3.28.19

By Bethany Dria, Senior Associate

Despite ride-share services, like Uber and Lyft, shifting how people are transported place to place, car ownership is still on the rise, including the demand for used vehicles. Car dealerships should evolve the sales process to different audiences, including generational and gender differences, in response to the consumer’s continued need for reliable transportation. For example, millennials are graduating college with more debt than previous generations and may not afford the top-of-the-line car out the gate.

Bethany Dria

A major gap in the car sales process comes in gender differences. A recent study published by Automotive News reports women make 85 percent of the buying decisions, and a whopping 74 percent feel misunderstood by dealers. There is no doubt women are key influencers in household decisions, but a major gap exists from the front lines of most car dealerships. However, both the CEO and CFO of General Motors (GM) are female, so why aren’t women represented in the showroom? Imagine the endless possibilities of a dealership that staffed mostly women in sales positions that could significantly connect with the majority female of clients that walk in.

Our firm is committed to growing local businesses, and for more than 75 years, a pillar industry our team has served has been automotive dealers across Northeastern Ohio. We are committed to helping our clients grow and diversify their workforce to represent their target audiences better. For our automotive clients, here are some key takeaways from Women Impacting Dealerships by Automotive News to get more women on the showroom floor to represent the bulk of your decision makers.

  1. Move away from solely commission-based wages to consistent pay and competitive benefits.
  2. Promote flexible work schedules that attract female sales professionals and encourage weekends off to allow more time at home with family.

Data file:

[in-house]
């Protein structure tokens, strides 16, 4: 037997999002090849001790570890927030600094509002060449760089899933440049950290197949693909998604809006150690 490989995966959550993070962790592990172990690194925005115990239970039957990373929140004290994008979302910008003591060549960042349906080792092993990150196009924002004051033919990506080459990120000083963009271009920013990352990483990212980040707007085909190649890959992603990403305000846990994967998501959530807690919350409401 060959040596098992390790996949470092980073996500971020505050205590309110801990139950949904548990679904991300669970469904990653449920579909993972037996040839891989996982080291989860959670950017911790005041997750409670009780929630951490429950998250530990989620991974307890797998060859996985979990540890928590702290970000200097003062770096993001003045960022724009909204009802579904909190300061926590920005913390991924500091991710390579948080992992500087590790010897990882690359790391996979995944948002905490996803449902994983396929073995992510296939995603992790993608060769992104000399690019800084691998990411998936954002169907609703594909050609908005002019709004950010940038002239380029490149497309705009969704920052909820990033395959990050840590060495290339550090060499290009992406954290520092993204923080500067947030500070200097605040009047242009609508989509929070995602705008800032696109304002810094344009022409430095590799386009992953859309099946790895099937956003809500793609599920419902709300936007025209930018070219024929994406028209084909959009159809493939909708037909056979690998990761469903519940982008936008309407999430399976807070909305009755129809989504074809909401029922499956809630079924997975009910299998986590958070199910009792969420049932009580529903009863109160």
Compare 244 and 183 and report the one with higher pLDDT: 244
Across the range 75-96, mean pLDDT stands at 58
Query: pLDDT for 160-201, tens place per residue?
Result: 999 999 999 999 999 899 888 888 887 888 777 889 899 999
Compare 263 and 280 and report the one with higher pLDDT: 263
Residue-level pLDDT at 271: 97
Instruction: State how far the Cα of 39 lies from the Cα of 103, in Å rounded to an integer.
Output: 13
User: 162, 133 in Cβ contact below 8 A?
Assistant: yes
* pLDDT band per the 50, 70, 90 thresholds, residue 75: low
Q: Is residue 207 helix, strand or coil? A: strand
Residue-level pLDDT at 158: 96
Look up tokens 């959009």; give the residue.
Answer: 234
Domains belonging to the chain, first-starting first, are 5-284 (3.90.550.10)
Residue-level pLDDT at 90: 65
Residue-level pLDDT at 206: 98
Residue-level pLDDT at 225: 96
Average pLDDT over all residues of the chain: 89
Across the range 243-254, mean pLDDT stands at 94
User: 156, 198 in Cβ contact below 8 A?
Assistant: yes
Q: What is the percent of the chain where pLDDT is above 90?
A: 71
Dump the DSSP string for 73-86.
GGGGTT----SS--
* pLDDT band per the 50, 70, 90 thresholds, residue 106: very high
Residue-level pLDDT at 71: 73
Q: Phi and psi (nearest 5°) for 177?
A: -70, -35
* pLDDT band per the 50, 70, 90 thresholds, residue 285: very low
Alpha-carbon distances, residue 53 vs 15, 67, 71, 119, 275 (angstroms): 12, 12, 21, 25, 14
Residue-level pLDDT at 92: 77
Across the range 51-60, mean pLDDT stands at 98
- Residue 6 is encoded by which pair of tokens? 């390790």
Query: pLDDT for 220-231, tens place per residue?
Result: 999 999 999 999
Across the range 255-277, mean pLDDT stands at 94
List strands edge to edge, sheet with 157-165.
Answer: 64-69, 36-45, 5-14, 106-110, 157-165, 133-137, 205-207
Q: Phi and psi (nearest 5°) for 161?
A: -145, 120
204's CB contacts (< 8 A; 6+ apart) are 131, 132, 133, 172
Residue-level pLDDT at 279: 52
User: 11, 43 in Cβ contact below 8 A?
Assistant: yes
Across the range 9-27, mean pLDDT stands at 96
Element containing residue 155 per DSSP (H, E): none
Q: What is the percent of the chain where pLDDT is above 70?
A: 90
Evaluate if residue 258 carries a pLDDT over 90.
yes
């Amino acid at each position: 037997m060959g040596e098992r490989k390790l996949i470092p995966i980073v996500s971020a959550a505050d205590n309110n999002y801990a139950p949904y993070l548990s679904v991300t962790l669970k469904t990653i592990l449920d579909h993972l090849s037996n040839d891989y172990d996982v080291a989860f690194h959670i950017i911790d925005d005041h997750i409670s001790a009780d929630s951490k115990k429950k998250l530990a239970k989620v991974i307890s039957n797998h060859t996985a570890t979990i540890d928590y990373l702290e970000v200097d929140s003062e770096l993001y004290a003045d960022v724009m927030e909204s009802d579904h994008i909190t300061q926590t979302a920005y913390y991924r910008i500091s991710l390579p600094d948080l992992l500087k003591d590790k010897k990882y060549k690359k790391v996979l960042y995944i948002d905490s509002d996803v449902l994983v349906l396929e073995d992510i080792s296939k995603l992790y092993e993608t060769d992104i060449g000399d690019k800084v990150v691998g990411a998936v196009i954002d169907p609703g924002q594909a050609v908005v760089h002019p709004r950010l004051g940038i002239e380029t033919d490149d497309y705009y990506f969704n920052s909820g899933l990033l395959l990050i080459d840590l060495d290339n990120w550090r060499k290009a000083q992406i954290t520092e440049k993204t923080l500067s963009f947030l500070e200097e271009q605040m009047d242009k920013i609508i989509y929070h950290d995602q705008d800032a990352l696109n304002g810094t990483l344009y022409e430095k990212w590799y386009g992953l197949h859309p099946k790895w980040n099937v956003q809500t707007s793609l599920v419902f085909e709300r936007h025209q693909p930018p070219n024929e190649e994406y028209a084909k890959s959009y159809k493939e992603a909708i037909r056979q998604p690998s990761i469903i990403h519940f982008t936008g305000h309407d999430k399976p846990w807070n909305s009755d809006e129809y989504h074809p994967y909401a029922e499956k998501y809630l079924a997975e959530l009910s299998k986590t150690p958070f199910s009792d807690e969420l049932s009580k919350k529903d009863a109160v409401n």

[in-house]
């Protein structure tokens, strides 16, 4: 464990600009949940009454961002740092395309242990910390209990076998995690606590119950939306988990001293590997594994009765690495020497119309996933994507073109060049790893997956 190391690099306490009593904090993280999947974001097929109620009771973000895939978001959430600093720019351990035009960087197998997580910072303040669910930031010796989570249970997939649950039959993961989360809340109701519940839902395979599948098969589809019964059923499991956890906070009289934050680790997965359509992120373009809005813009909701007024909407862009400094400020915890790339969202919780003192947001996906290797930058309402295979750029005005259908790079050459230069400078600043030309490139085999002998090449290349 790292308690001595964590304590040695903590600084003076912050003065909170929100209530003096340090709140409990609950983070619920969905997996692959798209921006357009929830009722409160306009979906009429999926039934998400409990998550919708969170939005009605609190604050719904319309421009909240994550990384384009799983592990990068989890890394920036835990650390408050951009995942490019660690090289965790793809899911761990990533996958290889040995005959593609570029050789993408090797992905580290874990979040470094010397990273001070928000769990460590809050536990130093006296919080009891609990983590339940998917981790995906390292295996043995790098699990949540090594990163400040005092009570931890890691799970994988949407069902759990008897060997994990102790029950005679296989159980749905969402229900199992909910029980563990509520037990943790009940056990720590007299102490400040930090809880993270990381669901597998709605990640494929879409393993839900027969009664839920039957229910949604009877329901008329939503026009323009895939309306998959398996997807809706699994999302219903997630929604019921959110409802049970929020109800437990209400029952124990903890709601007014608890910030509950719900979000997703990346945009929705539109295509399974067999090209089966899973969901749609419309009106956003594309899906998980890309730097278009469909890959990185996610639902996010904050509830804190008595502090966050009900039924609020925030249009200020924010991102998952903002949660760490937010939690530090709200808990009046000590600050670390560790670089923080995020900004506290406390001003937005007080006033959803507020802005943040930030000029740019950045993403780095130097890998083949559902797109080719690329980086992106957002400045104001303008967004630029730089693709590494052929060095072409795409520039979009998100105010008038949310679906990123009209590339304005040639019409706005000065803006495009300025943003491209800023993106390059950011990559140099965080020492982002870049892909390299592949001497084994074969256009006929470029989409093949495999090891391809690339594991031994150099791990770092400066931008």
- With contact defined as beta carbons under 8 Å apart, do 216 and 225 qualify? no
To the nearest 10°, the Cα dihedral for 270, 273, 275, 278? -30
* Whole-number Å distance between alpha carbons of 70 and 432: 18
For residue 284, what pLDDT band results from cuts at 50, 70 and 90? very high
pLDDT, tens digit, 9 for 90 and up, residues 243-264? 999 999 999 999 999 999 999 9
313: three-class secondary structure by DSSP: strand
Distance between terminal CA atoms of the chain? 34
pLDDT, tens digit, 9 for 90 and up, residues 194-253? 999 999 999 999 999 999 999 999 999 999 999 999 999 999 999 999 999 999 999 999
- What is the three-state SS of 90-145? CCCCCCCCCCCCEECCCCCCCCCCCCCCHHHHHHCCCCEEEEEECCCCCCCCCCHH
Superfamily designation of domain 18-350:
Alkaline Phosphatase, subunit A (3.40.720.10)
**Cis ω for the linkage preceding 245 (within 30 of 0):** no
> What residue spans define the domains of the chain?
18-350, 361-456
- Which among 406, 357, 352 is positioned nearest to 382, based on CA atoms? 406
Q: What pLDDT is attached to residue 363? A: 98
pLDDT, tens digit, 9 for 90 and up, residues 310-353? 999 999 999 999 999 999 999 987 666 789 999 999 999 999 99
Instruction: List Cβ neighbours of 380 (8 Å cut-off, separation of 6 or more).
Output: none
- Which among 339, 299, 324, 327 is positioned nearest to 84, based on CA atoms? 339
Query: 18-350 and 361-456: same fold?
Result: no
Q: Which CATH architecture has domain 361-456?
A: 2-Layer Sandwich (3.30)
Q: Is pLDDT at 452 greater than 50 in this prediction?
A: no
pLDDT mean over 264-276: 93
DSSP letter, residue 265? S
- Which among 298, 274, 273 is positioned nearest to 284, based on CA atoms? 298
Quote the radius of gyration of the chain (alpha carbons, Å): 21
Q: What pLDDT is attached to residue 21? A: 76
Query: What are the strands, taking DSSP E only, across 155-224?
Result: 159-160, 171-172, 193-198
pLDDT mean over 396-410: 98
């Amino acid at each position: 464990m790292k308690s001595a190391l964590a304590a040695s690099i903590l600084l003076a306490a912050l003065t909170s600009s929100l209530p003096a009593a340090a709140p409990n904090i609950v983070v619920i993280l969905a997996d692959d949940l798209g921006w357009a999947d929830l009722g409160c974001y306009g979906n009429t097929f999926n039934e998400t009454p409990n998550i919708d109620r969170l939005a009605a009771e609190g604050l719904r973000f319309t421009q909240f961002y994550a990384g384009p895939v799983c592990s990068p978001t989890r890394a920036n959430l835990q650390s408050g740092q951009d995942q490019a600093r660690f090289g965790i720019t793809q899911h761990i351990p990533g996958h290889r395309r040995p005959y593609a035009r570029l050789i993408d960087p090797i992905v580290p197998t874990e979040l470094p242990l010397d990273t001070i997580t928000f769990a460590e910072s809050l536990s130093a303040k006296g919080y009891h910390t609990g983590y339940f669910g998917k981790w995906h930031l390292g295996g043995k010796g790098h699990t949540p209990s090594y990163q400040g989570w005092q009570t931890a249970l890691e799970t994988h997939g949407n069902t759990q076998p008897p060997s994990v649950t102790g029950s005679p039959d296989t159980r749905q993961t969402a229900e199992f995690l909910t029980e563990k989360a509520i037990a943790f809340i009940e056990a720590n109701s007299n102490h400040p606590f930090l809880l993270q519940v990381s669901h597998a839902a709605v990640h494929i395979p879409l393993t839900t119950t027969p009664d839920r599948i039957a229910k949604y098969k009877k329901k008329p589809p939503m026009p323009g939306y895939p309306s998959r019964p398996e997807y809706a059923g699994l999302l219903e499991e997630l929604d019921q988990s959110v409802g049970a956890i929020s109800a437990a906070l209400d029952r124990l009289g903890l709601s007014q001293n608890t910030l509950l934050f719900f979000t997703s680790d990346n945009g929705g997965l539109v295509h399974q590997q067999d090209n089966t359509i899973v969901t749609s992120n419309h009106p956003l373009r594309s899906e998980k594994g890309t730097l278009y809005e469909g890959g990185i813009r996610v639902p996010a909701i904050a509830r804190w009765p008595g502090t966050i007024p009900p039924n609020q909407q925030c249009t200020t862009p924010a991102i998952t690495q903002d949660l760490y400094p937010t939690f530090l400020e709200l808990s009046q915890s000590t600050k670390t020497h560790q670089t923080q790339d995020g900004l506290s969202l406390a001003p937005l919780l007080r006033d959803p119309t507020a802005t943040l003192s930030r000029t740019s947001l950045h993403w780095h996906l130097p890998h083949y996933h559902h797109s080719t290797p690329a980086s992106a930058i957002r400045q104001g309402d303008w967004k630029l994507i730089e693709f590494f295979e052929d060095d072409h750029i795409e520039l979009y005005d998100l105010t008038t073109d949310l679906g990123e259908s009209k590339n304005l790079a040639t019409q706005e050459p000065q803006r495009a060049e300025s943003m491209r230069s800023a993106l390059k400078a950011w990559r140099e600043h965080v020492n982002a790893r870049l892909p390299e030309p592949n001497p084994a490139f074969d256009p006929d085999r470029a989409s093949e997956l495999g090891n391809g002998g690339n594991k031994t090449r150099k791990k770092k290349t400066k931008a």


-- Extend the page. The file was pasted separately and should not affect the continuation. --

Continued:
3. Consider if your dealership’s employees exhibit unconscious biases that would turn off potential female employees. Collaborating with a local career coach can help identify potentially toxic behavior and implement strategies to curbing this behavior.
  4. Ramp up your Human Resources team to ensure confidential support and reporting mechanisms are in place.
  5. Invest in female-based leadership programs geared for the automotive industry. Automotive News has a Leading Women Conference for both male and female professionals to discuss issues impacting women in the automotive industry.

Our firm has made significant changes to acclimate our benefits to meet the needs of female employees and recruits. In the last year, we’ve implemented a paid parental leave program and flexible hours for employees during our busiest time of year. Executive leadership and management have communicated the benefits of flexibility in the workplace, stepping away from a micromanaging model and trusting professionals to get their job done at the time, and location, that works best for their work/life balance.

There aren’t many industries where the majority of buyers do not feel represented by the sales force. Women need representation. But hiring women in a typically male-dominated field without changing the dealership’s models will not solve the problem. It all starts with your dealership’s leadership and committing to including women in the sales model and workforce structure. Plugging into female-led professional associations and publications can also provide insight into evolving your dealership.

Don’t waste an opportunity to capitalize on the primary buyers of vehicles by actually offering them representation and services that meet their needs.